NEW DELHI: The US and India pledged to step up their economic engagement with President Barack Obama promising finance facilities worth $4 billion and a new Indian Diaspora Initiative meant to help Indian-Americans fund local businesses.
While the Indian authorities, led by Prime Minister Narendra Modi promised to address concerns related to tax and ease of doing business that US companies voiced, Obama focused on offering support to upgrade infrastructure, renewable energy and small enterprises and realize the untapped business potential between the two largest democracies.
Between all this, there was a ‘Made in America’ bias. The $1 billion financing window from US Exim Bank is meant to support Made in America exports to India, he told a conference attended by top CEOs from both the countries.
Another $1 billion is to come from the Overseas Private Investment Corporation or OPIC to support lending to SMEs in underserved markets. The US Trade and Development Agency will aim to leverage nearly $2 billion in investments in renewable energy in India. In the past, the US has complained bitterly about India’s solar energy programme that has a preference for Made in India goods.
“So, we are moving forward, there is new momentum, there is new energy, new hope that we can finally begin to realise the full potential of our economic relationship,” the US president said.
He also elaborated on major challenges, low trade volumes being one of them. “We all know that the US-India economic relationship is also defined by so much untapped potential. Of all America’s import from the world about 2% come from India. Of all America’s exports to the world, just over 1% go to India, to over a billion people. We do about $100 billion in trade with India, which is a great improvement since we took office, but we do about $560 billion a year with China. Everybody would agree, we have to do better.”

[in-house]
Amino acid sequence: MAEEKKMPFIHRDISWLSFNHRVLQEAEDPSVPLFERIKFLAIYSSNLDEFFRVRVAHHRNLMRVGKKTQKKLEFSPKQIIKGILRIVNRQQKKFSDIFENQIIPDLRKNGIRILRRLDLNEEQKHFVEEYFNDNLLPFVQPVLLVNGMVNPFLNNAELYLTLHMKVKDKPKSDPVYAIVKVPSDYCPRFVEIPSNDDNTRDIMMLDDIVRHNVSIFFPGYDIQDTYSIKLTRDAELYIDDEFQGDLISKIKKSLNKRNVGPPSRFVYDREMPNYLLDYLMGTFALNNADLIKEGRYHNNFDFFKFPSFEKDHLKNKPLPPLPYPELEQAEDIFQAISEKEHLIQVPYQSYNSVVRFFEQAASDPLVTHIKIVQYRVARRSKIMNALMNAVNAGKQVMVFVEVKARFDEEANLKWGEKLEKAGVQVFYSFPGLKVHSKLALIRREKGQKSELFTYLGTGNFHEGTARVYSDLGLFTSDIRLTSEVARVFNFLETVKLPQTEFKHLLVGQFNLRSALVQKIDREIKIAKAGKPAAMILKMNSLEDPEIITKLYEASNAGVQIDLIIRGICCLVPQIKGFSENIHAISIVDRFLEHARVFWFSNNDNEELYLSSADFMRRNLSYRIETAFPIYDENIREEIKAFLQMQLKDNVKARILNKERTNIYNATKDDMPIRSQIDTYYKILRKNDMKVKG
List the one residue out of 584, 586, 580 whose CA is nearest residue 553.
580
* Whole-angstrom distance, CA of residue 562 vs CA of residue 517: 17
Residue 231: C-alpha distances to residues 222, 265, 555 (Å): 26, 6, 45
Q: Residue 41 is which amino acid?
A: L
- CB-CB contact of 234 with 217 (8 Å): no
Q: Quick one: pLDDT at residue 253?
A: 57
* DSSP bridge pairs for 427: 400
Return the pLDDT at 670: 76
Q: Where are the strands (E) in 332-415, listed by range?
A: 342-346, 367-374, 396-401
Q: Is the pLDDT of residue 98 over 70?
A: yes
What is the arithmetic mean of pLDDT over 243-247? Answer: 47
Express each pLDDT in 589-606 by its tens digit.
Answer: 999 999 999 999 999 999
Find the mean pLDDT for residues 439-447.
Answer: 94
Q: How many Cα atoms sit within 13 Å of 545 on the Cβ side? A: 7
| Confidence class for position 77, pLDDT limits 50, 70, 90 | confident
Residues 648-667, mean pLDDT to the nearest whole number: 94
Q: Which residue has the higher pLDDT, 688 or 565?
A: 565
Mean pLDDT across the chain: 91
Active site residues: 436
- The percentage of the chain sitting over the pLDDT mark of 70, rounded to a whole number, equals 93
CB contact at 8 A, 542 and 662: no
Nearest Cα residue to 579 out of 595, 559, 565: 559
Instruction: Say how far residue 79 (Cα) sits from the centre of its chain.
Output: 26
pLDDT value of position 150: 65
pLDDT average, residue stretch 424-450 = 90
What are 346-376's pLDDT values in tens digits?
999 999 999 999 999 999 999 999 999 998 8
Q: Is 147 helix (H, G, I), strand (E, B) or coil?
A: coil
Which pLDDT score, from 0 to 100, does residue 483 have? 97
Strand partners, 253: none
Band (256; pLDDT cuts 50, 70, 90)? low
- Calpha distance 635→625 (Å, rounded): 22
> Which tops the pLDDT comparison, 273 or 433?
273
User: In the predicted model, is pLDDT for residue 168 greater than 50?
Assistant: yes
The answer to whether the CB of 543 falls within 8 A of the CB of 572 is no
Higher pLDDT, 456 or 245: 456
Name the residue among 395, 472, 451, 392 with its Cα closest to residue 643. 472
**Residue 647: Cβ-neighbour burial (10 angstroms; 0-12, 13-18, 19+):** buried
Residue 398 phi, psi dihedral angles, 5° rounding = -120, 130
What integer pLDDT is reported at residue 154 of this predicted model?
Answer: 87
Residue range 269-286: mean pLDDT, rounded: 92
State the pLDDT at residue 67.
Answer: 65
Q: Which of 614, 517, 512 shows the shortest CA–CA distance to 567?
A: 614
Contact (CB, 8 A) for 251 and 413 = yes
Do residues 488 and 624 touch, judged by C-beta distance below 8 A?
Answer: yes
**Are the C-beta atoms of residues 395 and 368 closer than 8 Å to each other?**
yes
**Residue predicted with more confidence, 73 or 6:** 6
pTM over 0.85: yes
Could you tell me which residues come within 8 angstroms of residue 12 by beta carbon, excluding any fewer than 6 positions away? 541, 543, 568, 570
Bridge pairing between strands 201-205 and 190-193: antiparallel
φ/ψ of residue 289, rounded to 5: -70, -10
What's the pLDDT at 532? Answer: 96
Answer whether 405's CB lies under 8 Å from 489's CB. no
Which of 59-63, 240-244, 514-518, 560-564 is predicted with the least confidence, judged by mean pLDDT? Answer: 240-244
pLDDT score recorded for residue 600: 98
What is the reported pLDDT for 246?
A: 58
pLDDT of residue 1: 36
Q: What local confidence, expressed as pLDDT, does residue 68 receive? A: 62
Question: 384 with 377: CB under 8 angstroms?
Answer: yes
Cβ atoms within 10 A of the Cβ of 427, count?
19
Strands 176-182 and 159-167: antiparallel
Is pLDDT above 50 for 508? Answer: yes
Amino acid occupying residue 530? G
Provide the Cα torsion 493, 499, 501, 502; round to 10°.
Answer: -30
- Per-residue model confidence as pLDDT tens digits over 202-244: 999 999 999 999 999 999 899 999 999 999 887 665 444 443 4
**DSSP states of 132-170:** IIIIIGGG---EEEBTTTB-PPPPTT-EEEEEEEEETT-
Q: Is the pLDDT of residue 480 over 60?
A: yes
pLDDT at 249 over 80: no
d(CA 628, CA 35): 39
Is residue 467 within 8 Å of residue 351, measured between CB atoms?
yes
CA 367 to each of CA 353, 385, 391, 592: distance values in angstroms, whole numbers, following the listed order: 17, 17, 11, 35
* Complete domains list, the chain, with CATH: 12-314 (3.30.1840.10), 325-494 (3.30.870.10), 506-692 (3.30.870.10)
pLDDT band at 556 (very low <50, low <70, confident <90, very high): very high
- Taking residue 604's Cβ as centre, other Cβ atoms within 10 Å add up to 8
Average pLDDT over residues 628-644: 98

Obama then listed out the other areas of concern, some of which have been flagged by industry captains — from ease of doing business to protecting IPRs. “Here in India there are still too many barriers, hoops to jump through, bureaucratic restrictions that make it hard to start a business, to import or export, to close a deal, deliver on a deal… We need to be incentivising trade and investment, not stifling it. We need to be fostering a business environment that’s more transparent and more consistent and more predictable,” he said even as he referred to steps taken by the Modi administration. Obama said US companies are ready to help Indian counterparts to develop India specific products, upgrade infrastructure and build smart cities.